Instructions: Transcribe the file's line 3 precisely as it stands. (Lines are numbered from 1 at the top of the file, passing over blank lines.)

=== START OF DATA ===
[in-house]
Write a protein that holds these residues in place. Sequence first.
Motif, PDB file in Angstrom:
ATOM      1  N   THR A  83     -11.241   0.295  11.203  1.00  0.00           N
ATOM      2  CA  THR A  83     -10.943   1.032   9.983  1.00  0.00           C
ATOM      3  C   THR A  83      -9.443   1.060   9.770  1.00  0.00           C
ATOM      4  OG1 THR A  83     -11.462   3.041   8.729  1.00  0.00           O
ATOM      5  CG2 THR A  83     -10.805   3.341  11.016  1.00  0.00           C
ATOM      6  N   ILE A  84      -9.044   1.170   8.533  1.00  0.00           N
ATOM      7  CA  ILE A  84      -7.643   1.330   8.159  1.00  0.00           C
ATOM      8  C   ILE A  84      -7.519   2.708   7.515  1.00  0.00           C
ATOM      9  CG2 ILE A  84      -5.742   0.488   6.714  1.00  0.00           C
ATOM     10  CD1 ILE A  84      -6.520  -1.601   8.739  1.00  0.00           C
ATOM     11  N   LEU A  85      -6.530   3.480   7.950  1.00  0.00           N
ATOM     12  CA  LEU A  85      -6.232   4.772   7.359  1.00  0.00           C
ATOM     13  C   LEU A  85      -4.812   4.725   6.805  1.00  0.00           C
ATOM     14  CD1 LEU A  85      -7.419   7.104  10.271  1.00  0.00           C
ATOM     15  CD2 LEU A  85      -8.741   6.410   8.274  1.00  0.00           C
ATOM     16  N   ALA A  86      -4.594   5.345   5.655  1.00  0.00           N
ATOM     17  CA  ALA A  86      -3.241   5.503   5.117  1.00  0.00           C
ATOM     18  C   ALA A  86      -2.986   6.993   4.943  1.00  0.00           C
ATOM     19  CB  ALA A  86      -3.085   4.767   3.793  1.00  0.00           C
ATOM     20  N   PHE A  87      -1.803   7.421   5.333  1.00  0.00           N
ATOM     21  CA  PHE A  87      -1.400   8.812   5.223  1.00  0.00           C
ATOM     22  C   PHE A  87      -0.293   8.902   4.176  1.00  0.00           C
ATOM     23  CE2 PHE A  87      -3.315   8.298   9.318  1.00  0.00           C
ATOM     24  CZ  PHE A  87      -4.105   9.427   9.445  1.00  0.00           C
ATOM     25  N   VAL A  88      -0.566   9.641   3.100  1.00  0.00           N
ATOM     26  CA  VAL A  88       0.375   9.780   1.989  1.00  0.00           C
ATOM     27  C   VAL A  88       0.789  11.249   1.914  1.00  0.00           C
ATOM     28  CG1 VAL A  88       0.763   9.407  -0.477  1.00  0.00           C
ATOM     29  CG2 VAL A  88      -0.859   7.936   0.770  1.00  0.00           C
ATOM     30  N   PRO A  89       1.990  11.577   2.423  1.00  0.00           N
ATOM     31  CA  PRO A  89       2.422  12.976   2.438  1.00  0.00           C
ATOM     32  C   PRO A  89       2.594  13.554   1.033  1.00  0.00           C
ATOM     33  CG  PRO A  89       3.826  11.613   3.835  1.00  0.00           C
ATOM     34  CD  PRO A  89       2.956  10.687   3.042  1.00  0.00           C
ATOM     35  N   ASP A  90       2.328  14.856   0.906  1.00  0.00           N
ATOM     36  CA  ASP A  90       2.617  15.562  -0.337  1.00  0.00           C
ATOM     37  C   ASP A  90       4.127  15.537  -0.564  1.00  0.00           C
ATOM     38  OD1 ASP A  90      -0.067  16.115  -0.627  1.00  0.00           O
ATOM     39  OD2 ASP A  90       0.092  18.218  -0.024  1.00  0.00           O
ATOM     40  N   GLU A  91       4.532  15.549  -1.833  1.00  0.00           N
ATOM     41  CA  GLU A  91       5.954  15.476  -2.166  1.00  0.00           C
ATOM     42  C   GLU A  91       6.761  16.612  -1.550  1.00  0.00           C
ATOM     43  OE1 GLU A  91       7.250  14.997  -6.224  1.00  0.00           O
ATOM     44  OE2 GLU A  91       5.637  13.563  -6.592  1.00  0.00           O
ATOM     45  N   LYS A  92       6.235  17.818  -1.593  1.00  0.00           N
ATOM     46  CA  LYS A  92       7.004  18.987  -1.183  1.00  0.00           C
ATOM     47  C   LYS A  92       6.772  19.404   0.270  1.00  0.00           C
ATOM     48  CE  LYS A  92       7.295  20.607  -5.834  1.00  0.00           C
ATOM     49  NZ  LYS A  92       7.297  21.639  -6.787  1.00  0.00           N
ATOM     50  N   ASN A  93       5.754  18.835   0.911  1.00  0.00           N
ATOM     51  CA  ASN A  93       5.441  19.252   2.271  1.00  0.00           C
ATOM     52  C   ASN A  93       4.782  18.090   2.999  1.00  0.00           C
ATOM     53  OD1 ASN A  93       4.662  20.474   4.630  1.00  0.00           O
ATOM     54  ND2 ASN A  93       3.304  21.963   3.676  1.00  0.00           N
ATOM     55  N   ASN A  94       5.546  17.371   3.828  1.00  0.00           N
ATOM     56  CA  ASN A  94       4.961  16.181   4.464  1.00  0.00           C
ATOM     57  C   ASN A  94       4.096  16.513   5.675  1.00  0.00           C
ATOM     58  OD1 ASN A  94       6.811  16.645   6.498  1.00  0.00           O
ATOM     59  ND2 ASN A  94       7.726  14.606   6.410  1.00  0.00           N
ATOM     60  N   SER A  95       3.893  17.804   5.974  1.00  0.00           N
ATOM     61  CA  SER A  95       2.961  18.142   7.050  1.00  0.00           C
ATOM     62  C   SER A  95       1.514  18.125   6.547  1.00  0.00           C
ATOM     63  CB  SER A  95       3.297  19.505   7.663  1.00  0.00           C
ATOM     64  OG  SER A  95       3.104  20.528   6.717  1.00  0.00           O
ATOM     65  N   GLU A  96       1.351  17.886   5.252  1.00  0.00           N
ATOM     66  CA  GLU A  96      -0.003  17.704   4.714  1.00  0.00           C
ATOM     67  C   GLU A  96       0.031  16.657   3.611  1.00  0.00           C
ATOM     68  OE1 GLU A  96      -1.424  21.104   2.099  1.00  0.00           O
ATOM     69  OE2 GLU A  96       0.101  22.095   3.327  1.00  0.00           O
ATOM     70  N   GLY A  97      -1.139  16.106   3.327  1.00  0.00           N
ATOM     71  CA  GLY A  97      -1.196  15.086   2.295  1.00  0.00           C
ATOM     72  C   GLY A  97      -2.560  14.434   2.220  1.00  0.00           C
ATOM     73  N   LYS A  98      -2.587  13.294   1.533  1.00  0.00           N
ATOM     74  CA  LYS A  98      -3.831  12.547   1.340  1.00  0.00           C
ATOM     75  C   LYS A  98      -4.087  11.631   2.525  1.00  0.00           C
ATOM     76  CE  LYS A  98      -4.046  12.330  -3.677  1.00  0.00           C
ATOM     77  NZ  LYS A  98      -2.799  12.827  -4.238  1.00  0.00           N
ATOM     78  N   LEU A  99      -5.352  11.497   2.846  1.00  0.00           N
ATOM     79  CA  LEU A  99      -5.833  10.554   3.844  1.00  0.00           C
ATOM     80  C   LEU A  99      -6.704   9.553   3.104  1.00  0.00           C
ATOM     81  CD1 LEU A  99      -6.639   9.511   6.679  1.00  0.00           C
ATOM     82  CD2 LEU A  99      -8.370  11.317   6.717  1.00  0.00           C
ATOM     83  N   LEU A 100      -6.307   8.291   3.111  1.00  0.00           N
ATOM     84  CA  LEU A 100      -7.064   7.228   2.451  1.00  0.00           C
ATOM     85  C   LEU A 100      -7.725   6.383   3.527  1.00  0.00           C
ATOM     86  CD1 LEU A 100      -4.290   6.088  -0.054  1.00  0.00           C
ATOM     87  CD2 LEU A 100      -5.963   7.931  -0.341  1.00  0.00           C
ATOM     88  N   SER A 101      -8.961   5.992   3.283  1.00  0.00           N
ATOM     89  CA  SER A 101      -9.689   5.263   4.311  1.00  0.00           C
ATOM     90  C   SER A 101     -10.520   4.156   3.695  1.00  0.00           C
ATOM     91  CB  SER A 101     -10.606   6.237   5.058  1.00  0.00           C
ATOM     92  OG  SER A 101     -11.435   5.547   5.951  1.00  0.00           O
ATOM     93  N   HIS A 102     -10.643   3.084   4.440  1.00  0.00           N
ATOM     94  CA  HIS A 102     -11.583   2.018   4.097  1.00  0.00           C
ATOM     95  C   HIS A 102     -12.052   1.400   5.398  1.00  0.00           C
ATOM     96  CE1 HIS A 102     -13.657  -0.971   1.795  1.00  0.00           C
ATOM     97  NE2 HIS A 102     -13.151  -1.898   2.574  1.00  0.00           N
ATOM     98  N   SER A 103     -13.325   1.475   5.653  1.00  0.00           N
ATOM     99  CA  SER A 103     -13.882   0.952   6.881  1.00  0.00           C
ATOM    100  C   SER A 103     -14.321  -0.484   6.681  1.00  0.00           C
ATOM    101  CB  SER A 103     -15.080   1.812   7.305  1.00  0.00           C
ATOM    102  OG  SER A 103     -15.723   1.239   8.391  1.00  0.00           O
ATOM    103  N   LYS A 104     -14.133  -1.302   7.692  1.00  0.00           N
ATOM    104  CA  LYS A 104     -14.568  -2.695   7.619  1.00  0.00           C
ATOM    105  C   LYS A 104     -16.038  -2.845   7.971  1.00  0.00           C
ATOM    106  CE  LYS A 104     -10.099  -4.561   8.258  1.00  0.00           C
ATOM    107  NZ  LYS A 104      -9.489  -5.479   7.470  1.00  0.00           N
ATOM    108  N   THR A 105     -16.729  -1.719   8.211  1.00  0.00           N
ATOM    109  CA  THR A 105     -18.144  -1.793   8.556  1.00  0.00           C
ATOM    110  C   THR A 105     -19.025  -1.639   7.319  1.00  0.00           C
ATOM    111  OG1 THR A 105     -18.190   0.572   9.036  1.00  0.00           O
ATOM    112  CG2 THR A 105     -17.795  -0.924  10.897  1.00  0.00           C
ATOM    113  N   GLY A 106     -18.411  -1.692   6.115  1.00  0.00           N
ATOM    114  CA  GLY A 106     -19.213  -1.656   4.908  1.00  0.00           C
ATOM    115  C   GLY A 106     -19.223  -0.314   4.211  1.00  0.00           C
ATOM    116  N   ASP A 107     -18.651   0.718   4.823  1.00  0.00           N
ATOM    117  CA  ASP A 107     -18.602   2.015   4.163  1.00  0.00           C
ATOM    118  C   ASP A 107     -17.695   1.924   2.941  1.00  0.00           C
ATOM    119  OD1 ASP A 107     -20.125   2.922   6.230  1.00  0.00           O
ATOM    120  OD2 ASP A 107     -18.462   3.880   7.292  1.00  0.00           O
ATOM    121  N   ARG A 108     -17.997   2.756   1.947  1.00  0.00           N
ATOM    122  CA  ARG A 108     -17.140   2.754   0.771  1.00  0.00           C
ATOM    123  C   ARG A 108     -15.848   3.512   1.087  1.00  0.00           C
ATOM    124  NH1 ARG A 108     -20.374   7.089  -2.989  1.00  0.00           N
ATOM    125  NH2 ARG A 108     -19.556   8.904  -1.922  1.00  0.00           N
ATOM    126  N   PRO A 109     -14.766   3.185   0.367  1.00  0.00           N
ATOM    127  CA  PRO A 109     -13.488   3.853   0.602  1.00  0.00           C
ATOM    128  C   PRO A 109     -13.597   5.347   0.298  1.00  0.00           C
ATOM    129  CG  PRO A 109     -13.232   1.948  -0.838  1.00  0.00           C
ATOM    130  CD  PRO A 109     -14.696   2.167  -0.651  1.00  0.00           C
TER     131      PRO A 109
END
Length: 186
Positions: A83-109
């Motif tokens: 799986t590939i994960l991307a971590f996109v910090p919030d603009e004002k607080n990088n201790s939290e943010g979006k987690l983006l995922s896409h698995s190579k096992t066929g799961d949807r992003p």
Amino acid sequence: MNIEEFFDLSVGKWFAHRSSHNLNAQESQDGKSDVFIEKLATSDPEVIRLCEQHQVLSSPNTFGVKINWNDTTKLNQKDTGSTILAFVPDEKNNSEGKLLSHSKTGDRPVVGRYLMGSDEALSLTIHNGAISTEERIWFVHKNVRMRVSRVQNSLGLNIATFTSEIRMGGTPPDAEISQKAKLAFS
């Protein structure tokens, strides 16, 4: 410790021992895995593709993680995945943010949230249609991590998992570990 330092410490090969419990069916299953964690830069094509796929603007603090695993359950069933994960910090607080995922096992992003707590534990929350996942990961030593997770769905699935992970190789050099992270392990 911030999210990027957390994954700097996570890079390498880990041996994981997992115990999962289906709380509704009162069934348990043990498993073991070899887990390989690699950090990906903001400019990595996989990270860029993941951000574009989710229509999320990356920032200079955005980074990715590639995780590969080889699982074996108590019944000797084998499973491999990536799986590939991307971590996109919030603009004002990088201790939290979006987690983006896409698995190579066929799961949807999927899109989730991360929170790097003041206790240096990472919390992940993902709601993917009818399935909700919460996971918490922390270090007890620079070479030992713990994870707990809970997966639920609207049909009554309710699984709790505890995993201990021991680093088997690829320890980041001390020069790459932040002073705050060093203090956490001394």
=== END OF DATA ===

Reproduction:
Motif, PDB file in Angstrom: